Research finds rivers, streams in U.S. super-saturated with carbon dioxide

Sponsored by
Stream lines form a tangled web in this image derived from a set of data on water flow. Credit: David Butman, Yale University

Oct. 26, 2011 -- Rivers and streams in the United States are releasing substantially more carbon dioxide into the atmosphere than previously thought, according to recent findings by David Butman and Professor Peter Raymond of the Yale School of Forestry and Environmental Studies.

The findings, part of Butman's PhD thesis, could change the way scientists model the movement of carbon between land, water, and the atmosphere.

Butman and Raymond found that a significant amount of carbon accumulated by plant growth on land is decomposed, discharged into streams and rivers, and outgassed as carbon dioxide (CO2) into the atmosphere. It is estimated that streams and rivers release almost 100 million metric tons of carbon each year. This release is equal to a car burning 40 billion gallons of gasoline, enough to drive back and forth to the moon 3.4 million times.

Water chemistry data from more than 4,000 rivers and streams throughout the United States were incorporated with detailed geospatial data to model the flux of carbon dioxide from water. The river and stream samples were collected at USGS gaging stations and the geospatial data was produced by both the USGS and EPA.

This research is being incorporated into the USGS LandCarbon effort to characterize the current and future fluxes of carbon influenced by both natural and anthropogenic processes. One part of this effort is looking at the potential for carbon storage in the Nation's vegetation, soils, and sediments, which is known as biological carbon sequestration.

For more information on that project, visit the National Assessment of Ecosystem Carbon Sequestration and Greenhouse Gas Fluxes website: http://www.usgs.gov/climate_landuse/land_carbon/default.asp.

The findings were recently published in a Nature Geoscience article entitled "Significant efflux of carbon dioxide from streams and rivers in the United States" by David Butman and Professor Peter Raymond of the Yale School of Forestry and Environmental Studies, as part of David's Ph.D. thesis. Funding for the study was from NASA, NSF, and the USGS. The article can be found at http://www.nature.com/ngeo/journal/vaop/ncurrent/full/ngeo1294.html.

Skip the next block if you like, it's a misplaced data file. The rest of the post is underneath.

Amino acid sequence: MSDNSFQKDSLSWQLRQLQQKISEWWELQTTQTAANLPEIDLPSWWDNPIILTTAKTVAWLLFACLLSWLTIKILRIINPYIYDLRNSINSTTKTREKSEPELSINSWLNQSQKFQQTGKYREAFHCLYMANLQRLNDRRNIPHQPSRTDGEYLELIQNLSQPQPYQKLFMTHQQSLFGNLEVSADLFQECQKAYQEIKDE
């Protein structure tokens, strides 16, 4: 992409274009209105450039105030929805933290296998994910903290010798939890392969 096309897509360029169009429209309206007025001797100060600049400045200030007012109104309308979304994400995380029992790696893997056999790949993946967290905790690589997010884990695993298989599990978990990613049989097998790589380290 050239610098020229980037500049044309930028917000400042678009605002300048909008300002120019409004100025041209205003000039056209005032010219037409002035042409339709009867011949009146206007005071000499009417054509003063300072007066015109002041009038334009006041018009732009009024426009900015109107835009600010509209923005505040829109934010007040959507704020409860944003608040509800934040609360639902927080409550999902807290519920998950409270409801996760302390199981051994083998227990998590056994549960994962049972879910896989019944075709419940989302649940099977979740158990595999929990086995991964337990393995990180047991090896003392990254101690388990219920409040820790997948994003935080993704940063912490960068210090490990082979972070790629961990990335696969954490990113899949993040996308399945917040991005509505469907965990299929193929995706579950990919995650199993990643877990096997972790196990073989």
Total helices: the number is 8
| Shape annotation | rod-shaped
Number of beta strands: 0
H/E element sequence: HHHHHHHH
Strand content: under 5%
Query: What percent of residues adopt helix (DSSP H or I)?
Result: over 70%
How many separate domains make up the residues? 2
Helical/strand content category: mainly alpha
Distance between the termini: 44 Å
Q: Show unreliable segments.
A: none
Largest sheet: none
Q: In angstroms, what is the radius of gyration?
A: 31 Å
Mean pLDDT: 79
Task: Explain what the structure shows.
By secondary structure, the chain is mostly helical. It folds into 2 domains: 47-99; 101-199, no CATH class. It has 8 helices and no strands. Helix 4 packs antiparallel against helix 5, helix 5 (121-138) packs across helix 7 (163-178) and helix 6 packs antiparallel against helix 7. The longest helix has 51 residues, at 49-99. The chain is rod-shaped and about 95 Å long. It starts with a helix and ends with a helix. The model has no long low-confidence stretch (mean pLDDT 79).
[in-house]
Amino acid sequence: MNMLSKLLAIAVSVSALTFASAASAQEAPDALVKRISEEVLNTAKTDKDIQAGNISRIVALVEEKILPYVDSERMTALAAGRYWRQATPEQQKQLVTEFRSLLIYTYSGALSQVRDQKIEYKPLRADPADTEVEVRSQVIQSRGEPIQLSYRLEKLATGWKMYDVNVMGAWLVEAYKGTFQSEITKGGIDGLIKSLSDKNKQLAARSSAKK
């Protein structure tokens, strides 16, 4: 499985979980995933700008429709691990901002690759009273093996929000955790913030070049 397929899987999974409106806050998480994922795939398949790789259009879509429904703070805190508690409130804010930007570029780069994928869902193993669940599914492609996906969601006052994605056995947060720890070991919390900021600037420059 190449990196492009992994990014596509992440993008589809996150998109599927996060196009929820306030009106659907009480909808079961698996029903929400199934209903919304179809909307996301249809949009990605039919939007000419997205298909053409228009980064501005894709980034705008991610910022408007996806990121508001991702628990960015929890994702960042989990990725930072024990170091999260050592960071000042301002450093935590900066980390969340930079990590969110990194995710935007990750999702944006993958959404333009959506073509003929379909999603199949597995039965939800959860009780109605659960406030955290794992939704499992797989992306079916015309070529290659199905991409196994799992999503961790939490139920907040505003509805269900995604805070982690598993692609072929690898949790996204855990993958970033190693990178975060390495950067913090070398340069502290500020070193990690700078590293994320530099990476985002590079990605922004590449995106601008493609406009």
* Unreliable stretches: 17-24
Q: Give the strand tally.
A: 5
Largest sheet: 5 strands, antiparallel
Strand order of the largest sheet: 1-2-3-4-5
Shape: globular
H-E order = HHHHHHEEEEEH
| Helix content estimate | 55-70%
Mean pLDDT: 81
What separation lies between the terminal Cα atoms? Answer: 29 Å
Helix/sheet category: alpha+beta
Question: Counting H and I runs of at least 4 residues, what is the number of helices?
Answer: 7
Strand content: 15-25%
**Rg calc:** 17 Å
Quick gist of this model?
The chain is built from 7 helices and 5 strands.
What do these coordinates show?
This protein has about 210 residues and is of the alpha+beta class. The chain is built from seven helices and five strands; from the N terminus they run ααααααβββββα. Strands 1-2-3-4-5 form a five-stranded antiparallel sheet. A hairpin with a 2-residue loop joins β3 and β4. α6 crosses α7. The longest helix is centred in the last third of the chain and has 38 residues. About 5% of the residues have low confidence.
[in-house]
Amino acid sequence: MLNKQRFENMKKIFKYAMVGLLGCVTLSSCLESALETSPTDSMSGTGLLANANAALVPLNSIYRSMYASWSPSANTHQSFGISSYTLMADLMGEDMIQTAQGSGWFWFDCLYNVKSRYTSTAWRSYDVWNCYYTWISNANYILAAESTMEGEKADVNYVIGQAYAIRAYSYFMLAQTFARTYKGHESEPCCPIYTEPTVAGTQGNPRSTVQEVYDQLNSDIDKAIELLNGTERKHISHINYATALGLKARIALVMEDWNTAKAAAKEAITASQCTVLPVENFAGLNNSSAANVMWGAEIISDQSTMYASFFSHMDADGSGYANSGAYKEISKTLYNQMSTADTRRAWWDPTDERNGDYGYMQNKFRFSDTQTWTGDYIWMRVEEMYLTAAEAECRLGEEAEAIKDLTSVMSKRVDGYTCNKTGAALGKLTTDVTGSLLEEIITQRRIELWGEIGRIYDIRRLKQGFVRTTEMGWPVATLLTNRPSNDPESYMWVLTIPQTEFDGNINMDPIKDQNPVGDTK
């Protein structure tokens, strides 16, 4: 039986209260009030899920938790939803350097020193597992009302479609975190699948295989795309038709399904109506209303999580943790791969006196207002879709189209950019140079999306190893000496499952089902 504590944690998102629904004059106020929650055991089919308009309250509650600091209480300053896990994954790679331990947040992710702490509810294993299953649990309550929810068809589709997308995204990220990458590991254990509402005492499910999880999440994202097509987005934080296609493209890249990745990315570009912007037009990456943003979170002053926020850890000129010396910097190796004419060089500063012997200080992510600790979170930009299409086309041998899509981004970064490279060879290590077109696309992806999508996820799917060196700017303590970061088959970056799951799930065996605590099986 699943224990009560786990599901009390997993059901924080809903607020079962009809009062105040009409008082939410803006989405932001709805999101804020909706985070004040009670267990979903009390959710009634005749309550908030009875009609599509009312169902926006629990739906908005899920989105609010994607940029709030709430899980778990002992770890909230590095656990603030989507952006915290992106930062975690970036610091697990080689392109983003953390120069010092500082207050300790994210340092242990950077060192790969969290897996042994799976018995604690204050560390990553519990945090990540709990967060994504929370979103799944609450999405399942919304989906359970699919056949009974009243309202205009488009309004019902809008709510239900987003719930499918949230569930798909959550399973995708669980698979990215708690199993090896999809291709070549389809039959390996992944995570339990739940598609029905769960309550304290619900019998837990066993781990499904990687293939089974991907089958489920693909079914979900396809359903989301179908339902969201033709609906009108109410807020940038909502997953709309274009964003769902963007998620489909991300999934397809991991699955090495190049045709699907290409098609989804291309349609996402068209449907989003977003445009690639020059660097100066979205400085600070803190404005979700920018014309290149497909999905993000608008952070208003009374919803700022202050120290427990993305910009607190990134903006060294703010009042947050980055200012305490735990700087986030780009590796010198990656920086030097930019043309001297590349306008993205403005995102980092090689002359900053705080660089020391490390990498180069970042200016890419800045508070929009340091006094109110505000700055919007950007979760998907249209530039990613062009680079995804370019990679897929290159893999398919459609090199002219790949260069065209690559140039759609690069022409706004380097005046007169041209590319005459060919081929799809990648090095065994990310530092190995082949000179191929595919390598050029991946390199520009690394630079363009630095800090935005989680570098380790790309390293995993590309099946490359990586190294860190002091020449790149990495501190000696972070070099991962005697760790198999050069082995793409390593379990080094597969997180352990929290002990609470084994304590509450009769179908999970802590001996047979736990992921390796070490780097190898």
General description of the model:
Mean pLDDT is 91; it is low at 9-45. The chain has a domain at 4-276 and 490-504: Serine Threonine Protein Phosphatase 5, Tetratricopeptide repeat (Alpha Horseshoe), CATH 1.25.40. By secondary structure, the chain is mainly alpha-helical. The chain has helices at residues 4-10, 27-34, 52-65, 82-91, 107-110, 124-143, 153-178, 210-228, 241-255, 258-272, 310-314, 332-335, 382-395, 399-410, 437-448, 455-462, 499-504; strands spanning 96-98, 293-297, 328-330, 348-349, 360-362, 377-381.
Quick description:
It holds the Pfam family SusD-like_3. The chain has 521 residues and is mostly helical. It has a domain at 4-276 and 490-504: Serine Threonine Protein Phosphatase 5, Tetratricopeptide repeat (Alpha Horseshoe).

###

Sponsored by

Did You Like this Article? Get All the Water Industry News Delivered to Your Inbox or Mailbox

Subscribe to one of our magazines or email newsletters today at no cost and receive the latest information.

TODAY'S HEADLINES

Sensus, BAI partner to deliver advanced digital infrastructure to Australia

Sensus and BAI have partnered to transform the utility-customer ecosystem in Australia. The companies will design, supply and install a digital infrastructure across the continent that will enable utilities to remotely and continuously monitor and diagnose problems.

Seattle releases citywide green infrastructure strategy to combat stormwater pollution

In light of polluted stormwater runoff threatening water quality in Puget Sound, Seattle Mayor Edward B. Murray released a draft citywide Green Stormwater Infrastructure Strategy, outlining plans to accelerate green infrastructure approaches for preventing water pollution.

New online USGS tool tracks nutrients, sediment in waterways across nation

Thanks to a new online tool from the U.S. Geological Survey, water professionals can now better access graphical summaries of nutrients and sediment levels in rivers and streams across the nation.

Holcim earns Gulf Guardian Award for industrial stormwater management efforts

Holcim Inc has received the First Place 2015 Gulf Guardian Award in the Business and Industry Category from the Environmental Protection Agency's Gulf of Mexico Program for its advanced stormwater management efforts.

FOLLOW US ON SOCIAL MEDIA

  

 


© 2015. PennWell Corporation. All Rights Reserved. PRIVACY POLICY | TERMS AND CONDITIONS